The Emily Post reading titled ‘Engagements’ was reworked to give a modern-day interpretation of Post’s original ideas. According to Pope (1995), paraphrasing a text is a useful way of examining its construction. This is a means of identifying one’s own values, as well as labelling and categorising behaviours, as discourse. This is certainly true as my own judgements of relationships in modern society have heavily influenced my style of intervention in this text. Pope (1995) also recommends altering the ending of a text when intervening and in doing so exploring cultural differences.

Emily Post was an author who wrote a book about appropriate etiquette in the 1920’s (The Emily Post Institute, 2009). There are significant cultural differences in how relationships were played out in society in that era, compared to modern times. Taking this into consideration, I chose to end the text with the couple divorcing five years on to illustrate the marked increase in society’s acceptance of divorce compared to Post’s days. Statistically, it is estimated that one in two marriages in the US will end in divorce, compared with one in seven in the 1920’s (Thomas and Associates, 2005). Divorce has become socially acceptable in the Western world in modern times and relationship breakdowns are often played out in the public eye, in contrast to Post’s era where such proceedings were undertaken discreetly. Thus, I chose to incorporate the contemporary example of a high-profile sportsman whose marriage breakdown garnered a lot of publicity in recent years. In the 1920’s women who divorced traditionally were forced to move back in with their parents as they no longer had anyone to financially support them (Encyclopedia of Children and Childhood in History and Society, 2008). Today, it is perfectly reasonable for a wife to expect her husband to financially maintain her post-divorce.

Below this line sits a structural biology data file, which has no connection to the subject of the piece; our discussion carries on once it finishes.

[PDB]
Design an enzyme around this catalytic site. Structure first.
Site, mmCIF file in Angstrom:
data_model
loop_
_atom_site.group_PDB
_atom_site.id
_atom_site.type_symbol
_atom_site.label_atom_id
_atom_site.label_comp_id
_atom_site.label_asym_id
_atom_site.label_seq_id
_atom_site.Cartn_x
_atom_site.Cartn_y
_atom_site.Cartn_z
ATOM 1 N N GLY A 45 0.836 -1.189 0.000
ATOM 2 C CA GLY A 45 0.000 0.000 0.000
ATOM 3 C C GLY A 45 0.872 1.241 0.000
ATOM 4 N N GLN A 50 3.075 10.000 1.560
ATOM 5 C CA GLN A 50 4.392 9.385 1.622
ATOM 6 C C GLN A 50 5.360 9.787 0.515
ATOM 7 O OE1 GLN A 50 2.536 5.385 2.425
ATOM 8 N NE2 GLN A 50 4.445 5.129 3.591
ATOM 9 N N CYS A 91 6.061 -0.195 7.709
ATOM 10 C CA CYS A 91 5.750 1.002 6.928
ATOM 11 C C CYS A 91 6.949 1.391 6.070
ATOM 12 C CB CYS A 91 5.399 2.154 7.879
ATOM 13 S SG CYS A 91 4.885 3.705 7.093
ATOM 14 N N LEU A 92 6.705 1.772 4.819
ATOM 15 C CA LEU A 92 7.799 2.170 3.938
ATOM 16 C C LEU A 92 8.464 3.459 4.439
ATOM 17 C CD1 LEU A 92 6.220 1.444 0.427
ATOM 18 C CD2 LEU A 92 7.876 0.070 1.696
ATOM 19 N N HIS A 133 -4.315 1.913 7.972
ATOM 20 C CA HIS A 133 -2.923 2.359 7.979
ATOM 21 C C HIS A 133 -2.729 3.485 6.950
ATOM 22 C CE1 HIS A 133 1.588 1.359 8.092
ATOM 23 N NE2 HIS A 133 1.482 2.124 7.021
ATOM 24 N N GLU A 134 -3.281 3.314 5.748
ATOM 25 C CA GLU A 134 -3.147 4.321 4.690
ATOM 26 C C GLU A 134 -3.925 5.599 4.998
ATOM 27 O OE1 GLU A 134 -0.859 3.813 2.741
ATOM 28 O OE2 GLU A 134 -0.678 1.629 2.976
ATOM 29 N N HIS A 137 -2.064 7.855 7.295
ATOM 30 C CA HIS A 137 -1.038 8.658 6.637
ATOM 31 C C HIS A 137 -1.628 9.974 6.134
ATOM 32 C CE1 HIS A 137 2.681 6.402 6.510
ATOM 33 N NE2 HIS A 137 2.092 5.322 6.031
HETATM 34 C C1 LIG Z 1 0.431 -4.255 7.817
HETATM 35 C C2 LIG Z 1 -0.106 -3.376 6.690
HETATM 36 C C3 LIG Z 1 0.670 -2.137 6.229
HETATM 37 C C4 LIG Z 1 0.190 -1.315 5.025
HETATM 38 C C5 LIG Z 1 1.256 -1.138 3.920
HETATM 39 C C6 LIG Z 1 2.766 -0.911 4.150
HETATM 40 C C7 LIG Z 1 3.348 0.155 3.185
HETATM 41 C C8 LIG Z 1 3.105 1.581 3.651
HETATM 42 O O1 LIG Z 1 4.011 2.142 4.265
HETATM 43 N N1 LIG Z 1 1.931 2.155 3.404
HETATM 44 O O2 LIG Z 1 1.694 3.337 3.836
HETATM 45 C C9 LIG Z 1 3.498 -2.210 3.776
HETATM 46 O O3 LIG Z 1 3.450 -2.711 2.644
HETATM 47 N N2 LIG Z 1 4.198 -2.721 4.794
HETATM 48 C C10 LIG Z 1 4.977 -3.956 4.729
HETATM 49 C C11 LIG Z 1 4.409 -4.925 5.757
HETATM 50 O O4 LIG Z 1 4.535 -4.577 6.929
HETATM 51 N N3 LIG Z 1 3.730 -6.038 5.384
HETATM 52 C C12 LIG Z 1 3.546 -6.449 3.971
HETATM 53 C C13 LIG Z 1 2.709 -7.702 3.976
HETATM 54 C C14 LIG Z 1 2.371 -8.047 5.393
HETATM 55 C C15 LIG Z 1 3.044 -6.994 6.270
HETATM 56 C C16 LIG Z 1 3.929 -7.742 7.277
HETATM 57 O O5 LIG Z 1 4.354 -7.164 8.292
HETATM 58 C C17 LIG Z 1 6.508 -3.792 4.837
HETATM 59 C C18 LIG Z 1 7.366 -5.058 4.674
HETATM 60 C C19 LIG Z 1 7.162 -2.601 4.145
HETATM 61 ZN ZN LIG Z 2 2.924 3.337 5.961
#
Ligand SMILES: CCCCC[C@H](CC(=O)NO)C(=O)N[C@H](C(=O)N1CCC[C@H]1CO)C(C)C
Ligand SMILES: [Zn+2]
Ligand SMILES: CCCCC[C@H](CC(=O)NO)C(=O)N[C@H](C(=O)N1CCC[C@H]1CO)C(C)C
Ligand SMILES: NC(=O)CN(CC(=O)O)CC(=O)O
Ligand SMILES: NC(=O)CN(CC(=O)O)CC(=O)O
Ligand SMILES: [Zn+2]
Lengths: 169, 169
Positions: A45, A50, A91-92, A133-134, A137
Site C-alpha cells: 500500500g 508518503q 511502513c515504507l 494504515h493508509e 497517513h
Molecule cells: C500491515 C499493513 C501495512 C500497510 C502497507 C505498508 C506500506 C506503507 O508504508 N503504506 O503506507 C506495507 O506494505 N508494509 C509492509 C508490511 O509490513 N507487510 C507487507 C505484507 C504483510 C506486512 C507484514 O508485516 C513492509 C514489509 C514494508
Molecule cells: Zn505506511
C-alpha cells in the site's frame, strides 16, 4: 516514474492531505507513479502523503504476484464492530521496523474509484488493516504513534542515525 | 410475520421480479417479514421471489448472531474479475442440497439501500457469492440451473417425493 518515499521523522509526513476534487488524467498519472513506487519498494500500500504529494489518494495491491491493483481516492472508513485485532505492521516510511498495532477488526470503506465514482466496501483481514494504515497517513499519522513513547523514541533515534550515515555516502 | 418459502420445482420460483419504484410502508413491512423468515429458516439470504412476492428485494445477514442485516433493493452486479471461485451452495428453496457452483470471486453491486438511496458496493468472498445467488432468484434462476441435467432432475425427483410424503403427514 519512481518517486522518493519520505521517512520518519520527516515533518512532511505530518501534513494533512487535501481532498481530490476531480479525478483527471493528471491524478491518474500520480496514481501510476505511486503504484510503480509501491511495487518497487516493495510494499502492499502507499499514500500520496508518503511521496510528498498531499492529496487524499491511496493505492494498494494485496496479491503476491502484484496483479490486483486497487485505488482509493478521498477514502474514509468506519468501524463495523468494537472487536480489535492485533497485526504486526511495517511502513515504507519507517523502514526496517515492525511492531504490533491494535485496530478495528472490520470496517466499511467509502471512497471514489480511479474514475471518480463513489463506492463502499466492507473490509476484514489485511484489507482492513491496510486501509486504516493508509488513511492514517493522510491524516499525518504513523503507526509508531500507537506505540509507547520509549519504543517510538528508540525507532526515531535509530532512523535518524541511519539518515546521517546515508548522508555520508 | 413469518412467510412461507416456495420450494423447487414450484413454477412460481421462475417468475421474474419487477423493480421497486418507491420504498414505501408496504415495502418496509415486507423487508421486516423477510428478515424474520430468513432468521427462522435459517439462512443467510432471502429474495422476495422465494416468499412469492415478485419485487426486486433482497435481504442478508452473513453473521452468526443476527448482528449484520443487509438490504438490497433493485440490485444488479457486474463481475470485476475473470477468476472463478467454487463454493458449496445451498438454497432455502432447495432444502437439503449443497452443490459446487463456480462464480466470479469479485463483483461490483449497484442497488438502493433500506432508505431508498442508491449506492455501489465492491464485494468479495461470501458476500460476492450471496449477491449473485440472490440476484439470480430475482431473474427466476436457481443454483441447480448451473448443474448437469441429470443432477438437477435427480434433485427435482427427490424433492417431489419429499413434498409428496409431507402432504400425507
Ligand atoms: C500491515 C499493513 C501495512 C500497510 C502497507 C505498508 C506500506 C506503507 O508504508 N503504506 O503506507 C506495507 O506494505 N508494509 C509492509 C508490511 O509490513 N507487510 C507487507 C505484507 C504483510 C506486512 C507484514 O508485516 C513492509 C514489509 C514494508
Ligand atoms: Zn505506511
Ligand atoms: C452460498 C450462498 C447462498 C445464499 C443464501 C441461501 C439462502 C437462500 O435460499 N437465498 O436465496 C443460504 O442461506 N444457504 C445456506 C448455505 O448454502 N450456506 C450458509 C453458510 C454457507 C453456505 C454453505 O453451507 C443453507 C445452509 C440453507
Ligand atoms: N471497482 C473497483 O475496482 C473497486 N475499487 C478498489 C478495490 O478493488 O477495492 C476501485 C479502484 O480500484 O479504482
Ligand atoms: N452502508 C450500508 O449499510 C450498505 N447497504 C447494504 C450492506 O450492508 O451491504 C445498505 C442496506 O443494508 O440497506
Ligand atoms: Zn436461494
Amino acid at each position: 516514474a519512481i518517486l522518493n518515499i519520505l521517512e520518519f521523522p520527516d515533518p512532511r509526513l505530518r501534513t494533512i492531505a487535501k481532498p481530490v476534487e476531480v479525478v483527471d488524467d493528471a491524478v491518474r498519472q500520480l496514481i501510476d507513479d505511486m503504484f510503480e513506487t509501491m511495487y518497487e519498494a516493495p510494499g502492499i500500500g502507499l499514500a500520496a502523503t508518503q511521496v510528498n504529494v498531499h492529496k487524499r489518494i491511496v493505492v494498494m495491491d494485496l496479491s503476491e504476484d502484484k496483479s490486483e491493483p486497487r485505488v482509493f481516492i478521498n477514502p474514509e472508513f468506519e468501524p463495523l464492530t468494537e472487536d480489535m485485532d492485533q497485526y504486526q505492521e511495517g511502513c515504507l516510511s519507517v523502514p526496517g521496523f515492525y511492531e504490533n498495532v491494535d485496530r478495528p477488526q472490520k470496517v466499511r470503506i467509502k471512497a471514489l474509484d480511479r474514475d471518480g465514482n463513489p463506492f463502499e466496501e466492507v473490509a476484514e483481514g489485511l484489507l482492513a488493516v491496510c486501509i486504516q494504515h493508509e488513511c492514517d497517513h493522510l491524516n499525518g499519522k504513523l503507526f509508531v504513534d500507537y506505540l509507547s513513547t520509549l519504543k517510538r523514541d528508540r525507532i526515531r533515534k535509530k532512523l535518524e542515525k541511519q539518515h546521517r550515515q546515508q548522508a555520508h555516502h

Kress states that visuals are a more effective means of communicating large quantities of information to readers. Considering that my artefact is a large document, I decided to present it in the style of a series of wedding invitations. I believe this is an effective way of conveying to the reader that the artefact is about an upcoming wedding. In order to communicate the satirical tone of the intervention to the reader, I have included audio of Good Charlotte’s song entitled
‘Boys and Girls’. This song is a parody of relationships in modern society and fits in well with the theme of my intervention which is the superficial nature of many relationships today.

Artefact Two

The second artefact is a brochure based on the Japanese interpretation of Emily Post’s ‘Greetings’ (Post, 1922). Sweller (1990), argues that one of the major factors that contribute to a document being unusable is poor design. He believes that this leads to confusion caused by readers exceeding their cognitive comprehension level. Similarly, Kress (2004) states that as society progresses, it is becoming increasingly important for publishers to consider how their document can communicate most effectively with the reader.